Appeal to Consequences

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    Appeal To Consequences

    The truth or falsity of a statement is decided by the positive or negative consequences of it.
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    If global warming is occurring and is caused by humans, then we are obligated to do something to stop or slow it.
    The most effective way to do so is for businesses to cut down on carbon emissions.
    The short term costs of cutting carbon emissions would be economically devastating.
    Q.E.D: Global Warming is either not occurring, not caused by humans, or both.

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    Or, conversely,
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    If global warming is occurring and is caused by humans, then we are obligated to do something to stop or slow it.
    The most effective way to do so is for businesses to cut down on carbon emissions.
    The long-term economic benefits of stopping global warming will be enormous.
    Q.E.D.: Global warming is both occurring and caused by humans.

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    Ain't it fun when you can use the same fallacy and essentially the same argument and "prove" diametrically opposite conclusions?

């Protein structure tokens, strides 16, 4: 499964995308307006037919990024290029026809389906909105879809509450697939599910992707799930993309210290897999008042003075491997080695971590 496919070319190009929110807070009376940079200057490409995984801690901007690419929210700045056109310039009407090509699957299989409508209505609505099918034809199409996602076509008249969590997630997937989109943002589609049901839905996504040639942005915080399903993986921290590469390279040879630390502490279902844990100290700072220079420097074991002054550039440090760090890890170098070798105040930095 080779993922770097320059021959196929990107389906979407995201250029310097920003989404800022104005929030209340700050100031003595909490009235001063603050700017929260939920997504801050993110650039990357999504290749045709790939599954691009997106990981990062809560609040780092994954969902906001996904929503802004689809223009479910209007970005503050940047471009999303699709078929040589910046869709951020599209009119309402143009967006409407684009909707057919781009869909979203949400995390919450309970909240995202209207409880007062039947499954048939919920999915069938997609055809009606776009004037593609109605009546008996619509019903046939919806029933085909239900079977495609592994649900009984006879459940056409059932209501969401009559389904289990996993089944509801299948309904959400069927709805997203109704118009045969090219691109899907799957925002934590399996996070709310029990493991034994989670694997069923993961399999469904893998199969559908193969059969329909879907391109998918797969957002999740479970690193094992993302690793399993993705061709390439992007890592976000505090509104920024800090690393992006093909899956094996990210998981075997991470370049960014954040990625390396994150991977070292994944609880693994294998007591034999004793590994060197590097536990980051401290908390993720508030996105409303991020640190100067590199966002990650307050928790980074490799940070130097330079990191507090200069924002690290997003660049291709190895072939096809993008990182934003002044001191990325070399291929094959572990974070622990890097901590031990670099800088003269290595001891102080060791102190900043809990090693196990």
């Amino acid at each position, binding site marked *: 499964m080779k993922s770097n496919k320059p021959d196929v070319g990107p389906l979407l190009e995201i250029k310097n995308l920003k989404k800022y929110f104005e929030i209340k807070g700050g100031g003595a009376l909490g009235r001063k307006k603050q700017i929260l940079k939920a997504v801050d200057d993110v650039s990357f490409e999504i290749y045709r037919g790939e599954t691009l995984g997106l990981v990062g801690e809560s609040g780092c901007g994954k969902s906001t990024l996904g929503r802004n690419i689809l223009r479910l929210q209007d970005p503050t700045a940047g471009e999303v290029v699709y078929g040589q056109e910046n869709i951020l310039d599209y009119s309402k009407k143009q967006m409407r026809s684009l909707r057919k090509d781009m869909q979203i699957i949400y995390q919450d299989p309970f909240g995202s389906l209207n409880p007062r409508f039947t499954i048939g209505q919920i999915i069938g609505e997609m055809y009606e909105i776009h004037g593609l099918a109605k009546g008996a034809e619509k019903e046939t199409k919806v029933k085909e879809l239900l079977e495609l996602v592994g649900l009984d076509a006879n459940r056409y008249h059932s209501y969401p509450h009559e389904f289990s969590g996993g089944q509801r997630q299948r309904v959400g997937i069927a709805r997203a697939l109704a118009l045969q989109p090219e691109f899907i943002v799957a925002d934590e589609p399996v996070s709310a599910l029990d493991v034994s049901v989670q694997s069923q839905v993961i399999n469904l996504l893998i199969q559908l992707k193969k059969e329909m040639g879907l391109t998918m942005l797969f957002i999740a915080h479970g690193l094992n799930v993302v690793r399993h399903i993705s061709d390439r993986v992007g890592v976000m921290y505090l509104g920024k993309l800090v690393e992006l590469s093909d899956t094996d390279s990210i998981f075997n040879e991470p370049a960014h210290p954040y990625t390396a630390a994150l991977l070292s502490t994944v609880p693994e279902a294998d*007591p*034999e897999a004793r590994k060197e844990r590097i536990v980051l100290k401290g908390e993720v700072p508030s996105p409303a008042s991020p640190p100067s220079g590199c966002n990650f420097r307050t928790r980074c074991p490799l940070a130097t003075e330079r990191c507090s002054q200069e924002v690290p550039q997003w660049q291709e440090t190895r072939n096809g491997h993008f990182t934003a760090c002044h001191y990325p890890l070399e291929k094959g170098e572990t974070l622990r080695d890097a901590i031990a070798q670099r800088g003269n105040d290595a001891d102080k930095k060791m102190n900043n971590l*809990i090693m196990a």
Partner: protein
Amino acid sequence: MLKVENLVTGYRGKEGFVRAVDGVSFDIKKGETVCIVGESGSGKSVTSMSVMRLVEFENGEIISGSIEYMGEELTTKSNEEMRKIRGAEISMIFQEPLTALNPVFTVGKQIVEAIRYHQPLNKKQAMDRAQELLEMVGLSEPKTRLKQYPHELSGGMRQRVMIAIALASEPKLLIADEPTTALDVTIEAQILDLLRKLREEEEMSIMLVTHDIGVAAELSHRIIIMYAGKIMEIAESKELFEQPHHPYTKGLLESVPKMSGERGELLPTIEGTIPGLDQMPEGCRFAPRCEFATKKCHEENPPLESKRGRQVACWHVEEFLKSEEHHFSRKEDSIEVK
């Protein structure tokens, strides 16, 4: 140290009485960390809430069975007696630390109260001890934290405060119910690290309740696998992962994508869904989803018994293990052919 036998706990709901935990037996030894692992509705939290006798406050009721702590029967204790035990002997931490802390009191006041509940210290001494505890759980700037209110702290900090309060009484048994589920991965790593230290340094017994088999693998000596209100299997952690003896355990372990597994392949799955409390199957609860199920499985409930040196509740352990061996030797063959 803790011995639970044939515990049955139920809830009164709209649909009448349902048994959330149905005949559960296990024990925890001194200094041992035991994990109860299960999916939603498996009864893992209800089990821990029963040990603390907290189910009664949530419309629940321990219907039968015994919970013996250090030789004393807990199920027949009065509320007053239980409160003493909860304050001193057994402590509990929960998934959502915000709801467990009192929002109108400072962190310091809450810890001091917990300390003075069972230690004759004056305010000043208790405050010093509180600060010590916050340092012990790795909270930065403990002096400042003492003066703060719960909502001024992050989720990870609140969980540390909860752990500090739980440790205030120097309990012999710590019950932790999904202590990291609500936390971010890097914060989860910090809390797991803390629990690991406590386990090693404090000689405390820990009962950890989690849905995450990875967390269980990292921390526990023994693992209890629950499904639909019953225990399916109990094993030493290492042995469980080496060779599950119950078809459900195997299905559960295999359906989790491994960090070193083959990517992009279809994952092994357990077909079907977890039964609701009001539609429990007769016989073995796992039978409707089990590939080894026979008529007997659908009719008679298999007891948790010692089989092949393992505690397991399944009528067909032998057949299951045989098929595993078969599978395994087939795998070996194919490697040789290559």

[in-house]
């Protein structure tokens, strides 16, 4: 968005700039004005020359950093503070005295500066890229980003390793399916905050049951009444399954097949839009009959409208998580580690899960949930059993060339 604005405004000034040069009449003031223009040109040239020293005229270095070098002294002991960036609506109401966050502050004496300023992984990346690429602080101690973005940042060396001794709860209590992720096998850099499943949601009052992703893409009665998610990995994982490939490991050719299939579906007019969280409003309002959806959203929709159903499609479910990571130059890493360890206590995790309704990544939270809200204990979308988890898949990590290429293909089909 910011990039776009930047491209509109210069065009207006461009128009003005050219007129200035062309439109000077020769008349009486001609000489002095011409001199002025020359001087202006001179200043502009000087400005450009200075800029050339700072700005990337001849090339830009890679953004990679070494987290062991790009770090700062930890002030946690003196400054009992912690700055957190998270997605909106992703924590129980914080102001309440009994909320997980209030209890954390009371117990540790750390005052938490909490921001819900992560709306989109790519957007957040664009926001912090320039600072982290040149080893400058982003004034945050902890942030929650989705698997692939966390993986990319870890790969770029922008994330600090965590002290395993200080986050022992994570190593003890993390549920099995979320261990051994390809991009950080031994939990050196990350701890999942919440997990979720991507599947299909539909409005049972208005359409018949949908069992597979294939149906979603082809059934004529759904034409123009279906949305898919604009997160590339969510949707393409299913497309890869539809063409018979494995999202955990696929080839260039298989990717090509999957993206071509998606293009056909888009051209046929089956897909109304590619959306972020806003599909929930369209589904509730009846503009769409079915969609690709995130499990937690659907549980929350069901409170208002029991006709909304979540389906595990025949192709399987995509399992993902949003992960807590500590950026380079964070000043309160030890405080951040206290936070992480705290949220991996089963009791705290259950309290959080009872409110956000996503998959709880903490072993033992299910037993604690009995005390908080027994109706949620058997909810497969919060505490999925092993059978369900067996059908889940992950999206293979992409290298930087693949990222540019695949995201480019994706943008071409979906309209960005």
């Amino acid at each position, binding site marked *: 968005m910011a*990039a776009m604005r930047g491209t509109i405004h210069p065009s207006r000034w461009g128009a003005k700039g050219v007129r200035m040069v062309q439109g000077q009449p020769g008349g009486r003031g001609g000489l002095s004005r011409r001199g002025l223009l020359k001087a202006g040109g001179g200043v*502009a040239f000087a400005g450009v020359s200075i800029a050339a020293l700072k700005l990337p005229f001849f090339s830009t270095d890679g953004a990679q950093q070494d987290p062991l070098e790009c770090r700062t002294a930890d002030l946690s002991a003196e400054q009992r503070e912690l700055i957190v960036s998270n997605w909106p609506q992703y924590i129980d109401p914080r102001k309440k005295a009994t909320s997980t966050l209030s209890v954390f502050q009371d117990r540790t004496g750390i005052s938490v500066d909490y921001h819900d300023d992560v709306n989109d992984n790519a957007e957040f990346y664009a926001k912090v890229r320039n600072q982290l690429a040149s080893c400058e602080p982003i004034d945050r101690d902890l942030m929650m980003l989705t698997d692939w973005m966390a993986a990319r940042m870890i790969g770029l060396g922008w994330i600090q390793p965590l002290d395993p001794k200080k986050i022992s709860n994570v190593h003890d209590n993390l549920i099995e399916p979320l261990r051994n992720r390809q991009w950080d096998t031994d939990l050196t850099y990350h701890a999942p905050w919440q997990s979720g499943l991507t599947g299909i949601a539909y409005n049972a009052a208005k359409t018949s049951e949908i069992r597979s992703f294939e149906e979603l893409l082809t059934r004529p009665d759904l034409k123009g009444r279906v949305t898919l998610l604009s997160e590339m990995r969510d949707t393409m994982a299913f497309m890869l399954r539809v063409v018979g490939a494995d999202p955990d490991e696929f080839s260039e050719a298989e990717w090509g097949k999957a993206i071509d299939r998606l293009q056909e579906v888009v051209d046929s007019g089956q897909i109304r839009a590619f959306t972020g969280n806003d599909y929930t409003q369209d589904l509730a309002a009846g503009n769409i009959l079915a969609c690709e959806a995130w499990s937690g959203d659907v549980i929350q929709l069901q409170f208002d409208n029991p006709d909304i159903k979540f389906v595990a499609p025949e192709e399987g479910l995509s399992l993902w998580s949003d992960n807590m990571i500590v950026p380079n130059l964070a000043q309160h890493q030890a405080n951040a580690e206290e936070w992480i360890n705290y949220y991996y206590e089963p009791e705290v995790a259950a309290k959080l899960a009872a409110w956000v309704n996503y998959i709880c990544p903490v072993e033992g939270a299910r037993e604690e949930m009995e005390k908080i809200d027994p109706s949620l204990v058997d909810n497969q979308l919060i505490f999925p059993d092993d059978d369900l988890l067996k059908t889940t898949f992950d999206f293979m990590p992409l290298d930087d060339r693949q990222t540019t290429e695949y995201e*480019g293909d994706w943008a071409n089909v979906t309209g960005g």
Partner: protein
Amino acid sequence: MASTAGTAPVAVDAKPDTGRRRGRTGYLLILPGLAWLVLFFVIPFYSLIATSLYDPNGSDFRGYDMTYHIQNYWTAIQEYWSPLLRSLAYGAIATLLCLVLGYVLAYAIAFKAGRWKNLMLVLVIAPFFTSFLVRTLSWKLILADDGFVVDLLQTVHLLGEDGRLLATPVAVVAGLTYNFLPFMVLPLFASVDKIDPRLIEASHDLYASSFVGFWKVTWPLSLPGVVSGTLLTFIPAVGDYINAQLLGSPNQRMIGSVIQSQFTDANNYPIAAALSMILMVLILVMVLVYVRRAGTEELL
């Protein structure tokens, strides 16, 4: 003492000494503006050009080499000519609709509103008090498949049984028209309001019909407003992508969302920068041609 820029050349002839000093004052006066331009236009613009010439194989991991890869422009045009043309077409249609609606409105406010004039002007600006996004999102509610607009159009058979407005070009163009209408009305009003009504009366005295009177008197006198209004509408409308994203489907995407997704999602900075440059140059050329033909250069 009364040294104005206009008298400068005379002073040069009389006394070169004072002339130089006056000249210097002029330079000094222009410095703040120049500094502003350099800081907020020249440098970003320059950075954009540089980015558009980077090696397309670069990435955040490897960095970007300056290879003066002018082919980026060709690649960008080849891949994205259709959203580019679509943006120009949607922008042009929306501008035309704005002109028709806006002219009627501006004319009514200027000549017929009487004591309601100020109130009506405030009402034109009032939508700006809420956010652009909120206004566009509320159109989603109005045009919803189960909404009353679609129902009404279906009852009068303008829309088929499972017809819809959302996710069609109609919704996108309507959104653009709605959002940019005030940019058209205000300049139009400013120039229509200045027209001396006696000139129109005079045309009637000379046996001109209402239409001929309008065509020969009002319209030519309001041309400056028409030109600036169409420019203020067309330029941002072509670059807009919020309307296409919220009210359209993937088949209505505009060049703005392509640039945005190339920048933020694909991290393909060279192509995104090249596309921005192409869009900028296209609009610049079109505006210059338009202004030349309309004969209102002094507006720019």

Examples of Appeal to Consequences include:
    • Lord Denning actually used this as a reason to quash the Birmingham Six's appeal against their conviction. If they were innocent, he argued, it means that the police must have lied and forged confessions. If the police really did lie, this would be really bad for society. Therefore, they must be guilty.
    • Child molestation accusations, also a case of Appeal to Fear. It's horrible to have an active child molester roaming around, so people accused of child molestation are often never trusted again by society, whether there's any proof of it or not. Taking note of this trope in this instance, though, can cause the opposite problem: assuming an accused child molester is innocent when they're not, because it'd be horrible to accuse someone wrongly of child molestation. The issue is a very polarizing instance of this appeal, which is why there was so much drama over Michael Jackson.
    • An argument for the existence of god (Any god, logical fallacies aren't picky) is how much life would suck if there was no god. Conversely, some atheists claim exactly the opposite, that life would suck if gods did exist. Christopher Hitchens was noteworthy for often being more adamant about how horrible it would be if the Christian god existed, than he was about actually disproving the Christian god. Bear in mind though, that either side isn't necessarily making this fallacy, and may just be making an observation.
      • Likewise, evolution is often claimed by creationists to have all sorts of horrible consequences if true, quickly summed up as "If we're descended from monkeys, then we will act like monkeys." Besides most of these negative consequences being false or irrelevant (If humans are apes, then to act 'like an ape' does not preclude acting like a human), the desirability of common ancestry has nothing to do with it's truth value.

    Looks like this fallacy but isn't

    • When the question isn't about the truth or falsity of a statement, but is instead about whether or not to follow a particular course of action.